Pro’s: The style has a uniqueness to it that makes this a show that will resonate with us all.
Con’s: A lack of solidity to the characters for the first half meant it felt a little imbalanced.
When within 30 seconds of the start you witness an act of fellatio (well, not quite fully witness but it’s there in front of you) you realise that Play Something is going to be blunt. By the time you have heard “fuck” said for about the 500th time, it’s safe to say you’re glad you didn’t ask your mother along. That frantic opening scene quickly sets the tone for the first half of Paul T. Davies’ enjoyable show charting the up’s and down’s of relationships, separated over two time periods.
We witness the younger M and F (Jacko Pook and Ben Maytham), from their first meeting in a sex club, both just looking for a quick easy fuck, then proceeding through their various random encounters, again simply for sex, not always just with each other. It’s blunt, it’s raw, it’s all just a bit, well, monotonous at times. But it’s meant to be, representing the nature of their youthfulness and hedonistic attitudes. It does though mean it becomes difficult for their characters to develop as its all wham bam thank you mam. It’s this lack of development that causes a slight separation between the two halves. Because when the story superbly segues, as our lovers break up and we watch them transform into their older selves (played by Matt Bradbury and Shane Whitworth), the characters suddenly develop and mature.
It’s here that the play stops being so hedonistic. Instead it becomes more subtle, the rawness and pure filth turns to amusing innuendo, none more so that the very charming discussion of their good friend Dick with their young godchild, a lovely addition that helps add some more depth to their characters. Slowly the pair build a life together, growing old in front of us.
The use of two different actors to represent younger and older selves is a nice touch, giving the play its more poignant moments; the two M’s drinking together to forget their sorrow, and much later the younger self holding the older as old age takes over.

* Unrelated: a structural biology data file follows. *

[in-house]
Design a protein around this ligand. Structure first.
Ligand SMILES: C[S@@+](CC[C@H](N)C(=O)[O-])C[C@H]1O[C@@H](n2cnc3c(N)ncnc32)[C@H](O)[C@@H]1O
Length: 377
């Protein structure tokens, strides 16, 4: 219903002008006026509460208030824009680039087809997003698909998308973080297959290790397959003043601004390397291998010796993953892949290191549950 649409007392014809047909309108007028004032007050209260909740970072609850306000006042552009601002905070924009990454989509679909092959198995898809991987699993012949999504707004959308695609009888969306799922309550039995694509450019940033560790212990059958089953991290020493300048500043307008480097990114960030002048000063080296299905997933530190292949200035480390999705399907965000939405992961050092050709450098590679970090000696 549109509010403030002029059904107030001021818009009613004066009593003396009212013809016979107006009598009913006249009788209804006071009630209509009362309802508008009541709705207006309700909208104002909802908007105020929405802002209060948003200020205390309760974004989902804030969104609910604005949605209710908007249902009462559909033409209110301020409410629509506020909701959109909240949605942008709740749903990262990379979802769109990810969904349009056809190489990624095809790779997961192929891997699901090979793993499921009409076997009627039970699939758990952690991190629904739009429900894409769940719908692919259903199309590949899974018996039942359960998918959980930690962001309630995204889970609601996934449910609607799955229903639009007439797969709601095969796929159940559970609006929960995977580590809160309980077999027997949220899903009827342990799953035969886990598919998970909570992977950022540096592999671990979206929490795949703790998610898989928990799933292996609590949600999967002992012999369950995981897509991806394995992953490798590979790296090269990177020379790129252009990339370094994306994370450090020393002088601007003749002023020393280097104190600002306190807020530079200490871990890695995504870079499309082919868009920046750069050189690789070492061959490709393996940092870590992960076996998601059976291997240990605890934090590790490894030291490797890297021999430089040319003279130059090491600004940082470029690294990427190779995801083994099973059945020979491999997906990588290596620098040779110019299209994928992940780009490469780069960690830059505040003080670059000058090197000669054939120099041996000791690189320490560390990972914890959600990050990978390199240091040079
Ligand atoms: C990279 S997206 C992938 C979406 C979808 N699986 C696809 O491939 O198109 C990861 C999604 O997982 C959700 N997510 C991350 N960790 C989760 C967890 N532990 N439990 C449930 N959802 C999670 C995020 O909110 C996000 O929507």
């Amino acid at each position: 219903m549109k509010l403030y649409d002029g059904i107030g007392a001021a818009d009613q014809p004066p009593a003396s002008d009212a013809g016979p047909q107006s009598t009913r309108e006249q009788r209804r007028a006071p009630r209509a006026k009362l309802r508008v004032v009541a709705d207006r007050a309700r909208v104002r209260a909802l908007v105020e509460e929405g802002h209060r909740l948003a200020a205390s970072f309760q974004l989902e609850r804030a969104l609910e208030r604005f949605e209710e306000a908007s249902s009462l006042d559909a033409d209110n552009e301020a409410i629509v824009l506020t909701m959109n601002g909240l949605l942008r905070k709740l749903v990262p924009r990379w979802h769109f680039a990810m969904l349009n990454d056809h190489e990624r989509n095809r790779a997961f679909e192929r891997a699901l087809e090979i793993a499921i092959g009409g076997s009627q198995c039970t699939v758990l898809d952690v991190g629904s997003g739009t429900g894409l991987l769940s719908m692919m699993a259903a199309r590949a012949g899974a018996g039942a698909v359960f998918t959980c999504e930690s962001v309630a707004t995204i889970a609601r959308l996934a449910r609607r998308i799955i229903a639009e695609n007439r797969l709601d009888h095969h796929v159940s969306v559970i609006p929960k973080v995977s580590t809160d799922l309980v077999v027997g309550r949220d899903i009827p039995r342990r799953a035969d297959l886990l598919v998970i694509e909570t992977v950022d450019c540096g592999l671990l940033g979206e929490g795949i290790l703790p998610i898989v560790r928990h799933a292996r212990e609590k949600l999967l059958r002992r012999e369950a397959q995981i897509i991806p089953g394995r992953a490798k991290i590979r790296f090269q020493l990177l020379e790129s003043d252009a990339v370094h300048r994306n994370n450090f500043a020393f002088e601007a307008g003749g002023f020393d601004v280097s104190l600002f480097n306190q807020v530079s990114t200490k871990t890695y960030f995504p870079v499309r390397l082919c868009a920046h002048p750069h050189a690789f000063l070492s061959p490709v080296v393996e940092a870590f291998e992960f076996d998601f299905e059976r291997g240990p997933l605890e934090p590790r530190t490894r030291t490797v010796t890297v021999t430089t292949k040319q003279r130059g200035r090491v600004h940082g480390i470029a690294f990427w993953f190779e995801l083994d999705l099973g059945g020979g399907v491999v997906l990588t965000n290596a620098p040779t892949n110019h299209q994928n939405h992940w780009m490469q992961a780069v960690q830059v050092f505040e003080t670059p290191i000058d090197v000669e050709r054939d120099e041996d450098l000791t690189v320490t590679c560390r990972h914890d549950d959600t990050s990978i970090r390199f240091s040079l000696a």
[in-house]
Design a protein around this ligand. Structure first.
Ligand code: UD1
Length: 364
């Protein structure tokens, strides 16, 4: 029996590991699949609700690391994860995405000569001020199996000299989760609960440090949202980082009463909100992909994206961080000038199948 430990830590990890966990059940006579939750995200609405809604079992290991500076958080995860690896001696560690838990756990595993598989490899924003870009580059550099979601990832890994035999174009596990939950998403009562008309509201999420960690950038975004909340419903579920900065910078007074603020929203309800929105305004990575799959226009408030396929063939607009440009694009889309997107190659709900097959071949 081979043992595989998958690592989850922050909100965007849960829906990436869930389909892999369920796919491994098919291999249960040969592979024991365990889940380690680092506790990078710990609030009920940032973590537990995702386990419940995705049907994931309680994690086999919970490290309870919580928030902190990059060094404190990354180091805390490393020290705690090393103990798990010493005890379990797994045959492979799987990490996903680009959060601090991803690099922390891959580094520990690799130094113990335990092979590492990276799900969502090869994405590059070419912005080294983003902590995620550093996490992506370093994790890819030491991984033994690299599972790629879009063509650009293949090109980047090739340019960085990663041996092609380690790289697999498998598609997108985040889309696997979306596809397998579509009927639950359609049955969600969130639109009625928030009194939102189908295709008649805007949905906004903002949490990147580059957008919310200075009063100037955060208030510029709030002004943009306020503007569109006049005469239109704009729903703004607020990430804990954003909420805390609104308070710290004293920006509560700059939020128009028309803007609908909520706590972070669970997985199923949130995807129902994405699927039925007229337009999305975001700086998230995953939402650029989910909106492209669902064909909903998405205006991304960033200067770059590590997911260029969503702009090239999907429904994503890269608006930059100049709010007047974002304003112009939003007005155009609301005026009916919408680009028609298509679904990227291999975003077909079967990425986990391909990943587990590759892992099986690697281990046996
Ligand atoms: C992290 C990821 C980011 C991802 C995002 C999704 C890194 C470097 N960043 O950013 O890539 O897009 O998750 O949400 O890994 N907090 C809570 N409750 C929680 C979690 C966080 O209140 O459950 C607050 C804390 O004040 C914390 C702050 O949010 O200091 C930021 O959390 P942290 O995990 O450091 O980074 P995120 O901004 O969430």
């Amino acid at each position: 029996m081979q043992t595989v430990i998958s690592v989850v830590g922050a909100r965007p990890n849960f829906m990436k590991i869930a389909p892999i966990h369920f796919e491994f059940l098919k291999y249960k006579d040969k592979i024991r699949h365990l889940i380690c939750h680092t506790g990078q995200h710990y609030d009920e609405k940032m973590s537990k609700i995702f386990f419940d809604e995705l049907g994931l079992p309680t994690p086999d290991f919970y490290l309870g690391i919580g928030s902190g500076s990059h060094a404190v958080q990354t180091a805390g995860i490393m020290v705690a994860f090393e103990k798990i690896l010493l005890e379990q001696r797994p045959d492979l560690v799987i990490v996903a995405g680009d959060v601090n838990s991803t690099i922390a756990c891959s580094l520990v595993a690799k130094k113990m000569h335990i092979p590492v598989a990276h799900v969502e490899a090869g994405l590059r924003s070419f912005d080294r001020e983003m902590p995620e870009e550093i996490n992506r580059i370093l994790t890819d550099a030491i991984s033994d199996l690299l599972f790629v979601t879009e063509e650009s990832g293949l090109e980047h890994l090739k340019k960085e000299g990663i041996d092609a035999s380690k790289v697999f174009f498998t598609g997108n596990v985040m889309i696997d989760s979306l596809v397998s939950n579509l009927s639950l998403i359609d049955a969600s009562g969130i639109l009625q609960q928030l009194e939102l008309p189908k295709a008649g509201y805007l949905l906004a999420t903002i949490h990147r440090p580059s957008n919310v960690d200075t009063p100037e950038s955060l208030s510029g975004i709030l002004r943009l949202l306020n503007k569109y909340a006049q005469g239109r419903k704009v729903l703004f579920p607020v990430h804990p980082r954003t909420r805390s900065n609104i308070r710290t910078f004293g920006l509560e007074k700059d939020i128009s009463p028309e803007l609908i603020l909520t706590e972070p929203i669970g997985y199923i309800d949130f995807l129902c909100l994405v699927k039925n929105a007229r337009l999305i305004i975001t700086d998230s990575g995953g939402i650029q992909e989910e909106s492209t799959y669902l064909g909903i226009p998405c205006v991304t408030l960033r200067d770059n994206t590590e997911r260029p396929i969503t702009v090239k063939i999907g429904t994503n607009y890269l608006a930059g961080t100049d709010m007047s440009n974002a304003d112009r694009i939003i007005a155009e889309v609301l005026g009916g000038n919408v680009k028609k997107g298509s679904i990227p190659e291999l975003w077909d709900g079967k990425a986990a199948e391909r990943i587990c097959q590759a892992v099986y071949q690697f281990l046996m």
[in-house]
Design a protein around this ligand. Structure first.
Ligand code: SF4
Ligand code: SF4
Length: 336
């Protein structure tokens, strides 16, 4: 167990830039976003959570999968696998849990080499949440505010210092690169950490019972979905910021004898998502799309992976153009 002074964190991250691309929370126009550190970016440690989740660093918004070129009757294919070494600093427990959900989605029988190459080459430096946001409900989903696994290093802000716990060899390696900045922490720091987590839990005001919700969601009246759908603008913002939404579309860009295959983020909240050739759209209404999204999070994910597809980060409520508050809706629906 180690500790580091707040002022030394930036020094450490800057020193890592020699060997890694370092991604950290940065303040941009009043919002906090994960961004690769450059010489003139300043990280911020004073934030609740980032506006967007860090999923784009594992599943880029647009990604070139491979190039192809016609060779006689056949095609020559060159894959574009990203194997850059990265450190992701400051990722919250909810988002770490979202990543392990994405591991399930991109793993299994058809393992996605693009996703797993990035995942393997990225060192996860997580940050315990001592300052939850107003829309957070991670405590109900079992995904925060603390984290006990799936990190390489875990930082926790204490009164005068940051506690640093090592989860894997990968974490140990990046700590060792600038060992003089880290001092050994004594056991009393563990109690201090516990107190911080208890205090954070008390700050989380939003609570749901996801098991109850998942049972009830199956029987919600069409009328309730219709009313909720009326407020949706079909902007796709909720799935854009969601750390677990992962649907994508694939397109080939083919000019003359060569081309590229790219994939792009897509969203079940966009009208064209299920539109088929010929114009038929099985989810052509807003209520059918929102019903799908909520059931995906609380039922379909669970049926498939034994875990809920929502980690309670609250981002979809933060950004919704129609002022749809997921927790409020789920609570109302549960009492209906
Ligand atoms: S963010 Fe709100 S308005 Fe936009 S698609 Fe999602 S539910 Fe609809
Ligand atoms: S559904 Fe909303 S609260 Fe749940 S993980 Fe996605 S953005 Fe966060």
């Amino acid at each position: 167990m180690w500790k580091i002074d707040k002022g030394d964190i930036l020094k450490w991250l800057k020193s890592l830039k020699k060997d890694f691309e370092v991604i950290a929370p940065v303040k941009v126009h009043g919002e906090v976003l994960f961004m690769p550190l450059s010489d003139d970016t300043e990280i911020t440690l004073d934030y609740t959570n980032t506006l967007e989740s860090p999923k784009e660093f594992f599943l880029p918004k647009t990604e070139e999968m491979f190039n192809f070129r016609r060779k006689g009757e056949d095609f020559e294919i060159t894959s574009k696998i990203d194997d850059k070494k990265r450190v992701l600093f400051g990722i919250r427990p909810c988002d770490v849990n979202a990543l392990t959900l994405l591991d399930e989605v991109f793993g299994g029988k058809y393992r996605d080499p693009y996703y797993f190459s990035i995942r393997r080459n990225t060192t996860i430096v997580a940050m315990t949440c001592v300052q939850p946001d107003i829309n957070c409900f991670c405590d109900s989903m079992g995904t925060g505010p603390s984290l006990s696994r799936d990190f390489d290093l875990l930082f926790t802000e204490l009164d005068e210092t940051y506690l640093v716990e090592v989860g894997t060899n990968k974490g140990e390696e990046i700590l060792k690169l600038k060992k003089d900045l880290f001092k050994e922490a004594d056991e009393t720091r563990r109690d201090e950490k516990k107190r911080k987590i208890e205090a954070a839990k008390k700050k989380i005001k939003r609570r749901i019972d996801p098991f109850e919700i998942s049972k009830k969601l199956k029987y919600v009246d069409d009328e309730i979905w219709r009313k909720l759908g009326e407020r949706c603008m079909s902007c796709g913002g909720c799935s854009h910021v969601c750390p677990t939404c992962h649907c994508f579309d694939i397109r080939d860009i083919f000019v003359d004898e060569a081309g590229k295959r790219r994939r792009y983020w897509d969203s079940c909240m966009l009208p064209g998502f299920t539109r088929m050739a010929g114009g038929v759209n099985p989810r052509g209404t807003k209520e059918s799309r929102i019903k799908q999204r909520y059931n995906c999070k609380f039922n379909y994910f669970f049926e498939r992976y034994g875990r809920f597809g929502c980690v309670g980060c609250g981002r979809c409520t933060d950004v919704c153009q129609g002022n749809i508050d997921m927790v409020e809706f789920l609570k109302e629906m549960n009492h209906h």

What also differentiates Play Something from the hundreds of other love stories is how scenes and individual moments are sound tracked by the DJ, Claire Lois Walkinshaw, standing in her booth on the edge of proceedings. As important moments happen, one will declare “Play the XXX song” and that moment is sound tracked; the lonely song, the first time we met song and so forth. Each moment in their lives forever immortalised by it’s own song, one that when it’s heard played again will transport you back to that very moment. Admit it, we all have those songs. If anything, Play Something fails to make full use of this, after all, the title does reference it!
My other little bugbear; the theatre is above a pub, surely they could have borrowed a few glasses. Watching actors pretend to drink from imaginary glasses really made it feel cheap at times, it could have been avoided and really did grate as we watched them drinking through circled fingers!
Little gripes aside this is an enjoyable play, that could be fleshed out more (no not with more reference to Dick, however nice a friend he may be to them). It’s clever and charming enough in style that it does deserve a chance to grow, and besides, anything that makes such beautiful use of Nick Cave’s Into My Arms is a winner in my eyes.
Written and Directed by: Paul T Davies
Produced by: Neville Edrich
Box Office: 020 7835 2301
Booking Link: https://www.thedraytonarmstheatre.co.uk/tickets/play-something
Booking until: 22nd September 2018